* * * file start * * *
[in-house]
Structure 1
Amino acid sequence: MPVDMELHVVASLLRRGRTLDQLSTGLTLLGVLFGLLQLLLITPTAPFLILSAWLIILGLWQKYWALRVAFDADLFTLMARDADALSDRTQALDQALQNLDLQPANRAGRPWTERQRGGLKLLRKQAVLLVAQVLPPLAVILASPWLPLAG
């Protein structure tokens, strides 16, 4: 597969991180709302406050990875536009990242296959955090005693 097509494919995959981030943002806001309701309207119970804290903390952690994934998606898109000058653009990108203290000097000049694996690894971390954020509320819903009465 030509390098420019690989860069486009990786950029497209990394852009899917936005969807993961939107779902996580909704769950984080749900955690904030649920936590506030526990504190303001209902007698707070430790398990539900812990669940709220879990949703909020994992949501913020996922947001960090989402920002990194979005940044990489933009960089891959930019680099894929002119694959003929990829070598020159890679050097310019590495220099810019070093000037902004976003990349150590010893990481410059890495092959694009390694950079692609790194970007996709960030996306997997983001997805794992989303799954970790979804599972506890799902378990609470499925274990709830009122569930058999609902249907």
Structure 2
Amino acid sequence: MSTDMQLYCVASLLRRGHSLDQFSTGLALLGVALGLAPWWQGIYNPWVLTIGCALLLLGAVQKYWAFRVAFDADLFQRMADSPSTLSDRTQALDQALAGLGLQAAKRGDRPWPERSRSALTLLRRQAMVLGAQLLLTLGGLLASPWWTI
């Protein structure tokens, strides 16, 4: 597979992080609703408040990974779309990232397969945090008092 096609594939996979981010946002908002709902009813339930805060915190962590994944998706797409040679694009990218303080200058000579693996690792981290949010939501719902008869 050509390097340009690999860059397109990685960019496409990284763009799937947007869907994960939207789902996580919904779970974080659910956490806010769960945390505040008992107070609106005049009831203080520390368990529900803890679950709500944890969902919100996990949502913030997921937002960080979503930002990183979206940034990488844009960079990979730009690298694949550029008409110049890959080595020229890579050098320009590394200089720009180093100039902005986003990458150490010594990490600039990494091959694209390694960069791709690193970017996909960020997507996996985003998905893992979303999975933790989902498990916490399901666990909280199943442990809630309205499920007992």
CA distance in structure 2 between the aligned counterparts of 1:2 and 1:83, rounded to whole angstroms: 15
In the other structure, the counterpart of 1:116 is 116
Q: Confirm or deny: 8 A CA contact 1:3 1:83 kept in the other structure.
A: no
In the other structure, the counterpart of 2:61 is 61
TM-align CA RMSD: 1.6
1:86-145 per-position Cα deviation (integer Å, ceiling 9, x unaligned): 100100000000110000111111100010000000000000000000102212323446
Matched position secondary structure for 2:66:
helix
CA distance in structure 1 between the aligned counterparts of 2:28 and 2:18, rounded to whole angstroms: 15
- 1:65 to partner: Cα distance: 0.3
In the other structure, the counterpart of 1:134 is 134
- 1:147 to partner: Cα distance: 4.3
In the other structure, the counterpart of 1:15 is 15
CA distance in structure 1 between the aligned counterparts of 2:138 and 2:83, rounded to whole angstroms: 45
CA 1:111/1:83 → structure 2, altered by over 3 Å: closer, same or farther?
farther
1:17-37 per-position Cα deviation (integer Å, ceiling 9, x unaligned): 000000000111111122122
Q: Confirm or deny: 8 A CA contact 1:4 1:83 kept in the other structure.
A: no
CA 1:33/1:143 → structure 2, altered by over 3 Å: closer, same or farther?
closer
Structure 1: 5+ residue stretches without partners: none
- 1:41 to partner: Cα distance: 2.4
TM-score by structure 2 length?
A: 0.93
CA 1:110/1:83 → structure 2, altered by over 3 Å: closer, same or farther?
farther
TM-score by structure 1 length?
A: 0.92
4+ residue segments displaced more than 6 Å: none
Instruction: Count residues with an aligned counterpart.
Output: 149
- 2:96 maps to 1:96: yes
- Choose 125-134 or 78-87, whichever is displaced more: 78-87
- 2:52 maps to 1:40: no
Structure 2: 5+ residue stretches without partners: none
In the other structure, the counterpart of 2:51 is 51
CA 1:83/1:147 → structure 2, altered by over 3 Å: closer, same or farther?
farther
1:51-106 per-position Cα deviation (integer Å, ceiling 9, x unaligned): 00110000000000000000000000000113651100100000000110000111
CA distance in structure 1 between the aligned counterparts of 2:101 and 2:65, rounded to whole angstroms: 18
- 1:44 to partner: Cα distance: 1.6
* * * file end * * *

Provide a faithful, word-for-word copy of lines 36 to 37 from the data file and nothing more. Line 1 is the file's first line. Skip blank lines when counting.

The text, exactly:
TM-score by structure 1 length?
A: 0.92